For three months ending June 30, Netflix said it added a record 3.3 million new streaming members – exceeding its Q2 forecast of 2.5 million net additions and almost doubling its 1.7 million new additions in the previous year quarter.
Though Netflix did not launch in any new markets in Q2, it said that its international segment is growing at “a rapid pace” with plans already in place to launch in Japan in Q3; in Spain, Italy and Portugal in Q4; and in further global markets after that.
Asked on the company’s earnings call about its plans for China, chief financial officer David Wells said: “We hope to be able to launch the service there next year”. However, CEO Reed Hastings cautioned that this would be a “modest investment”.
Launching foreign-owned media in China is a notoriously difficult operation, as the country’s government is extremely concerned with Western values overpowering local cultural traditions.
Netflix said that it added 900,000 members in the US and added 2.4 million members internationally in Q2, claiming that these higher-than-expected figures were “fuelled by the growing strength of our original programming slate” – which included the first seasons of Marvel’s Daredevil, Sense8 and How to Train Your Dragon spin-off Dragons: Race to the Edge.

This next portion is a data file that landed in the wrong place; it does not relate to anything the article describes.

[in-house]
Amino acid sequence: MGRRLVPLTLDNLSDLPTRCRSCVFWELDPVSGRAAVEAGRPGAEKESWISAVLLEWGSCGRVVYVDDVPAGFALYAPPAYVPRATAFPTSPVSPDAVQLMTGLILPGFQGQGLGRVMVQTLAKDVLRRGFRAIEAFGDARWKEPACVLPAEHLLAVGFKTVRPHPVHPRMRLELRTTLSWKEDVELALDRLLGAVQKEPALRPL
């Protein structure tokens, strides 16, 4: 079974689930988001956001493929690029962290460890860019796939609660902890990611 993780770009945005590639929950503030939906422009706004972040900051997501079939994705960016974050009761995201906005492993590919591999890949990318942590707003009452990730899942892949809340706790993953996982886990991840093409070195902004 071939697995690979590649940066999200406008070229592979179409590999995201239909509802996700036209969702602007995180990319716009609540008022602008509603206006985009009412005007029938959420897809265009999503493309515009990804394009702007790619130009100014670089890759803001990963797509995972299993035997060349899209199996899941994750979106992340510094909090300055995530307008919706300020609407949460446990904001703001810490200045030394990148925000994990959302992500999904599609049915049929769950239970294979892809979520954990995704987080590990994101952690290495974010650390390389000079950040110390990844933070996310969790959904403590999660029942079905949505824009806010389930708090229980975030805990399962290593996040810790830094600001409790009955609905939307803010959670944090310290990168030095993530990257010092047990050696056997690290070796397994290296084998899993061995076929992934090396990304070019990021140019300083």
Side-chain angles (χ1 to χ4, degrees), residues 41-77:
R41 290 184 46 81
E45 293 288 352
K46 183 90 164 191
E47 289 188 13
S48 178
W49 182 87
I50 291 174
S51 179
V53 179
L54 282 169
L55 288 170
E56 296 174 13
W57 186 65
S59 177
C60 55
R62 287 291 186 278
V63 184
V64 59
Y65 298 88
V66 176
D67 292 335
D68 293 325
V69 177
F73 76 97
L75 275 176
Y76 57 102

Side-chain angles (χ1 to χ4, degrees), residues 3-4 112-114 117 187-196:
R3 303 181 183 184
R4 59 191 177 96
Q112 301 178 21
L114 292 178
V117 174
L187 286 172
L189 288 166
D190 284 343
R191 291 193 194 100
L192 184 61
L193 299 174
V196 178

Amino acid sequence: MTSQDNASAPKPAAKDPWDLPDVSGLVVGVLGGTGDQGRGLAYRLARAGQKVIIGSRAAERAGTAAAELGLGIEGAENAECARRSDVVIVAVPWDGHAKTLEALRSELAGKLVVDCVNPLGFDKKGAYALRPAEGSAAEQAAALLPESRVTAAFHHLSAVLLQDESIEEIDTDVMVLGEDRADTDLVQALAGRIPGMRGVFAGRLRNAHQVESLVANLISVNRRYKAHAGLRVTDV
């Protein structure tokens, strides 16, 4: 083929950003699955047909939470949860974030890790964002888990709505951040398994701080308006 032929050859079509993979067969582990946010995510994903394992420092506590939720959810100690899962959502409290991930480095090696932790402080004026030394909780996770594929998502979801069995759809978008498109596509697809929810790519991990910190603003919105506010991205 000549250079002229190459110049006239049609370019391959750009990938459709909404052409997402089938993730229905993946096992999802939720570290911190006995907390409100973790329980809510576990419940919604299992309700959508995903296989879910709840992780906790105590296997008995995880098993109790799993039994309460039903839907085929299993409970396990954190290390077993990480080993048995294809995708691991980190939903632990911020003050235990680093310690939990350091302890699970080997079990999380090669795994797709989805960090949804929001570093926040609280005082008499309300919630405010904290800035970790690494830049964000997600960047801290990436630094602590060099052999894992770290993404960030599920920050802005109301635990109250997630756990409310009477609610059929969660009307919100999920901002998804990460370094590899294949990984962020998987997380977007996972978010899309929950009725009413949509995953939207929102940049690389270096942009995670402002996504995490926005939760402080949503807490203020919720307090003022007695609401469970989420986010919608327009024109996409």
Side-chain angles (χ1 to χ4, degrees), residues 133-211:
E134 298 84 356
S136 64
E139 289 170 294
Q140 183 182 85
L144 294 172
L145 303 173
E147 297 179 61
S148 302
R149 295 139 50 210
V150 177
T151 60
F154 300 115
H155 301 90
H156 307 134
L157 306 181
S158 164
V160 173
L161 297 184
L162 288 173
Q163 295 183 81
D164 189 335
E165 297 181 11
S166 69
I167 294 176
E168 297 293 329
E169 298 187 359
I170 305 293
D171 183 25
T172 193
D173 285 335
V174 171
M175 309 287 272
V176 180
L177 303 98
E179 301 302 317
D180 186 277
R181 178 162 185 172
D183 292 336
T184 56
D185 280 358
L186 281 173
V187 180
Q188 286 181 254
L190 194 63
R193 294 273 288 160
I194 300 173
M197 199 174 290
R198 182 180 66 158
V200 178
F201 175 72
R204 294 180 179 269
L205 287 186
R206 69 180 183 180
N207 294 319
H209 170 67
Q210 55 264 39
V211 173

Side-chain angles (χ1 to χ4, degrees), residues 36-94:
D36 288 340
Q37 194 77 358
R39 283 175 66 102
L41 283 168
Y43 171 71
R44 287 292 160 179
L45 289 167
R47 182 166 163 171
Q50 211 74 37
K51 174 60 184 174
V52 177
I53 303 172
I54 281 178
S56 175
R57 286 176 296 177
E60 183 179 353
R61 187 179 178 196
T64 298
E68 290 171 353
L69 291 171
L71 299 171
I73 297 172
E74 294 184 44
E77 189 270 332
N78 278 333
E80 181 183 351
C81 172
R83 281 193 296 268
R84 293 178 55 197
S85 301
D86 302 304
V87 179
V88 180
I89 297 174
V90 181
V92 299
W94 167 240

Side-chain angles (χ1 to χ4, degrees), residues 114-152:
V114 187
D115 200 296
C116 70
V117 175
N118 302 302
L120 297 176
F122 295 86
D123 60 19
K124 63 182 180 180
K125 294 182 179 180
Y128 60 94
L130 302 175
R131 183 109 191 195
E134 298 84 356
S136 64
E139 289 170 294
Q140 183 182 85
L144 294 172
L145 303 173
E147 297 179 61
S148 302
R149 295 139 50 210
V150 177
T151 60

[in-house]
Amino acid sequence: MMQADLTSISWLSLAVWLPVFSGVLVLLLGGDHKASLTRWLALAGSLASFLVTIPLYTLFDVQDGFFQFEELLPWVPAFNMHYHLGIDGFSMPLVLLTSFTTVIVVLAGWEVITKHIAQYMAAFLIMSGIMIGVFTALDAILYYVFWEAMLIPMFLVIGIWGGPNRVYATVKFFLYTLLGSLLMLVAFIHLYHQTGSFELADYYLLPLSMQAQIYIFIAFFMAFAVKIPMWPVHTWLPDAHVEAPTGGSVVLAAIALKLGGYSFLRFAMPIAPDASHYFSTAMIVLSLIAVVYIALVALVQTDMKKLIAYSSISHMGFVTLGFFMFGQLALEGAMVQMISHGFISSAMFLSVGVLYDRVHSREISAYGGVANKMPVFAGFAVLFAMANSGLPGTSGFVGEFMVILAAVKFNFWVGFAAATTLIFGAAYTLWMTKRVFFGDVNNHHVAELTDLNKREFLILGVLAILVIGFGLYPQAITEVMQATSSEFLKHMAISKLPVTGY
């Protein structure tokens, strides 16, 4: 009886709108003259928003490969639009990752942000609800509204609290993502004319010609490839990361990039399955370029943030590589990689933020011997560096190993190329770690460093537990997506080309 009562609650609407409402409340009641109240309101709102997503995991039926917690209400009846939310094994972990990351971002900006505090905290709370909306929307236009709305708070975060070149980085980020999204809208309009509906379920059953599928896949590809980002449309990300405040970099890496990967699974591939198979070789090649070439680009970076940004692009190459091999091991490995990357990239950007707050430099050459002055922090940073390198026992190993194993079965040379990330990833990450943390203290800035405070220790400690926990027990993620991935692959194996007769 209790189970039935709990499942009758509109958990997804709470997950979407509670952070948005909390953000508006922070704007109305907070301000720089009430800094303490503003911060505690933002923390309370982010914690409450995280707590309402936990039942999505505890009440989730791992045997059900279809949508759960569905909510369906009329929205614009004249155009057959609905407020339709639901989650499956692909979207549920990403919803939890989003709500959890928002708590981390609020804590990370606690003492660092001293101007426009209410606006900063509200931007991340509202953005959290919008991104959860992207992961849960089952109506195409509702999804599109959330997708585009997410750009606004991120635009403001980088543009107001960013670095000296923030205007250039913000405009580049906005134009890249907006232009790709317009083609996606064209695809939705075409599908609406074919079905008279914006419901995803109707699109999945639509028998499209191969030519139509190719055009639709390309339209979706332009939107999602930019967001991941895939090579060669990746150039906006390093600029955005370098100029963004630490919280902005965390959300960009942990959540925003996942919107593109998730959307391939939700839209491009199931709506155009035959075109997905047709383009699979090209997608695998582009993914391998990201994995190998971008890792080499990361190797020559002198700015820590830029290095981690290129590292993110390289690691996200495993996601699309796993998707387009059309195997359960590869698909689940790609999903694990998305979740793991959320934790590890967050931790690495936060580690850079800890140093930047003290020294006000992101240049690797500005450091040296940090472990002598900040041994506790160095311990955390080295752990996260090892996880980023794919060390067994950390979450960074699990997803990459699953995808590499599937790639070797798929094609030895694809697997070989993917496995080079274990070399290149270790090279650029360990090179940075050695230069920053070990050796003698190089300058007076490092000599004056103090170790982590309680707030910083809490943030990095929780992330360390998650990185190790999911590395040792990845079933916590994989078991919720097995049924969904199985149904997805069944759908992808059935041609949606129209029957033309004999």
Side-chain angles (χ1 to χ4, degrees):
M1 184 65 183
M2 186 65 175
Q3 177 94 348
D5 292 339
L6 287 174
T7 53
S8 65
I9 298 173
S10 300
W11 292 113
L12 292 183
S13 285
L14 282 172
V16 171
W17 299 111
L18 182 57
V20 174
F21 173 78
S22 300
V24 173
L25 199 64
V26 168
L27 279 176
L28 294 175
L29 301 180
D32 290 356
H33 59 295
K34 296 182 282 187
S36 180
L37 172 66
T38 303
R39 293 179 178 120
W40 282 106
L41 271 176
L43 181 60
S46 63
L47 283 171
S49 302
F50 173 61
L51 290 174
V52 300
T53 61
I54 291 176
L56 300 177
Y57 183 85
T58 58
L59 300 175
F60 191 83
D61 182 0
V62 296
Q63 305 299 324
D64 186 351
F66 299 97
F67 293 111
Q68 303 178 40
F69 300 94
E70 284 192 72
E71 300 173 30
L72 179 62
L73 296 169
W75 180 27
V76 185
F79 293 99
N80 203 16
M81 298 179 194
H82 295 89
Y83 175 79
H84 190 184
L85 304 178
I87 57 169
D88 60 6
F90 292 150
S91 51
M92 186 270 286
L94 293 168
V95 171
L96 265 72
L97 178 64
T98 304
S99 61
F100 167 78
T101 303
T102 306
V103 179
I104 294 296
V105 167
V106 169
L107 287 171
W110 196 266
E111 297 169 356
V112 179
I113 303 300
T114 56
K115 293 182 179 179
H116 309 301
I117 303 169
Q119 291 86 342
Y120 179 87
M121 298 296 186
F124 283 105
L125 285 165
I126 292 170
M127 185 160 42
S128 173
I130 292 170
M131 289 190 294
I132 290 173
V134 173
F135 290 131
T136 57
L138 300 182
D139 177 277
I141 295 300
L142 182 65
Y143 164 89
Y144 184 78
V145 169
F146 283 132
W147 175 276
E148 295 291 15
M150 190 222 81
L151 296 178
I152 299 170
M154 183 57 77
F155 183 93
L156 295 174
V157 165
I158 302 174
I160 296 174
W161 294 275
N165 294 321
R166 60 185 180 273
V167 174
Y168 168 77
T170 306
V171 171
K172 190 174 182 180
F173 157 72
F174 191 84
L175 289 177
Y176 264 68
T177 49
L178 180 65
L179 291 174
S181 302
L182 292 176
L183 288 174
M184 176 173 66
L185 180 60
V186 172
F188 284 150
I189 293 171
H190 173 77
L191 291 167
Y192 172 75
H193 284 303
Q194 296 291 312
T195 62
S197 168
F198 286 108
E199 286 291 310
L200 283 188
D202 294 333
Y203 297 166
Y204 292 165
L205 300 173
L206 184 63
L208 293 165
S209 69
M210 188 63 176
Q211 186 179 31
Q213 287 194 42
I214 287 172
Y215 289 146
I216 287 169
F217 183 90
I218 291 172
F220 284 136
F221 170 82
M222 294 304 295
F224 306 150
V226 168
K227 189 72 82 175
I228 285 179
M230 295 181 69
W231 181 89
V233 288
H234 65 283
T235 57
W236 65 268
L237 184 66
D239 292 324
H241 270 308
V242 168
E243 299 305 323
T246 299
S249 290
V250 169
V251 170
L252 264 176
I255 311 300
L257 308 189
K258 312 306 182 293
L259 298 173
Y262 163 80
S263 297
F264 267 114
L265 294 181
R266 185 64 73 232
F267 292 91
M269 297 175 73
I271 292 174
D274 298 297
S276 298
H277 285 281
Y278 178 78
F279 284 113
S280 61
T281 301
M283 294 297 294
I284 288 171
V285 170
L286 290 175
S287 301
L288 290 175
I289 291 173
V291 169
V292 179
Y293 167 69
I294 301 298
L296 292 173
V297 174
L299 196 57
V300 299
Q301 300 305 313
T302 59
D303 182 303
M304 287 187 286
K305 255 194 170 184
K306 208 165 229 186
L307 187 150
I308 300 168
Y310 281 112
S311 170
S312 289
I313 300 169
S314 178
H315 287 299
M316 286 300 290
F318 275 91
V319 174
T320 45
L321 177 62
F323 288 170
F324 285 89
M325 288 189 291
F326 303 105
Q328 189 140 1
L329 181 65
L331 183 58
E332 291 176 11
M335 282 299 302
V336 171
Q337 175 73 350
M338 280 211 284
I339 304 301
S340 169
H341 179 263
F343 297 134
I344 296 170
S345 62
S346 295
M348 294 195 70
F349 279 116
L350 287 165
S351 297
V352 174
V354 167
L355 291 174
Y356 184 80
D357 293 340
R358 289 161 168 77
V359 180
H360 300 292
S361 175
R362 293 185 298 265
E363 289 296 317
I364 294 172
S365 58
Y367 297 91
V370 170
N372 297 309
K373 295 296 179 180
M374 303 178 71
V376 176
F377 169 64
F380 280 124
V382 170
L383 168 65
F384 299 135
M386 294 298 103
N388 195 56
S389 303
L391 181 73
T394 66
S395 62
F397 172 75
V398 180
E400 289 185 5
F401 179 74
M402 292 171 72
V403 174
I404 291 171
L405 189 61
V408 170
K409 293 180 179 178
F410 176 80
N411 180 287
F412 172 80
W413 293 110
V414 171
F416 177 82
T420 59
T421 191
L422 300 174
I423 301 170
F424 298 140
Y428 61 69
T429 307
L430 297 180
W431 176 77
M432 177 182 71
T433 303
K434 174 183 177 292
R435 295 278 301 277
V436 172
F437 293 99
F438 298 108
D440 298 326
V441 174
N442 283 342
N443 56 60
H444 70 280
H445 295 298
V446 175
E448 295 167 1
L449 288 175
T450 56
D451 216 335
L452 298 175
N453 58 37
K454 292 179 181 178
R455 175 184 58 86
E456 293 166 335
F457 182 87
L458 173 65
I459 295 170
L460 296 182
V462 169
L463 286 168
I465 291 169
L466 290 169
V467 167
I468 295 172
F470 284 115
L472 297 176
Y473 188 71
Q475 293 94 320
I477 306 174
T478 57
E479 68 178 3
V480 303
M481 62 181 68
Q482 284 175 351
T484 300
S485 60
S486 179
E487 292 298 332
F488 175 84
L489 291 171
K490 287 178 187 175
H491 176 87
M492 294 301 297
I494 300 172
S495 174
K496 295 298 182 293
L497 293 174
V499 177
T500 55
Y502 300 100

Netflix said that international revenue grew 48% year over year, despite a negative US$83 million impact from currency. However, international losses increased sequentially because of a full quarter of operating costs in Australia and New Zealand, where Netflix launched in March.
Discussing the Japan launch, Hastings said on the earnings call that Netflix planned to launch some local original programming in this market and will price the service “more aggressively” than Hulu did when it entered this market some four years ago.
“Japan will probably be our slowest market to get to certain penetration threshold, but it may be one of our best markets in the long-term because when the Japanese society embraces a brand, it’s a very deep connection, very long-term. We’re willing to make that investment, knowing that it’s not the quick route to success that might be in other countries,” said Hastings.
Netflix said it anticipates that its content spend will approach US$5 billion in 2016 on a profit and loss basis and that it will “devote more investment to originals both in absolute dollars and percentage terms.” This spend will span series, documentaries, stand-up comedy and feature films.
“We’re pleased to see the growing momentum of our original programming driving strong growth in the US and abroad,” said Hastings and Wells in a letter to shareholders, summarising Netflix’s Q2 results.
“With our first set of international markets having achieved contribution profitability, we’ll be making our first foray into Asia this fall with our Japan launch, and are gearing up to offer our service around the globe.”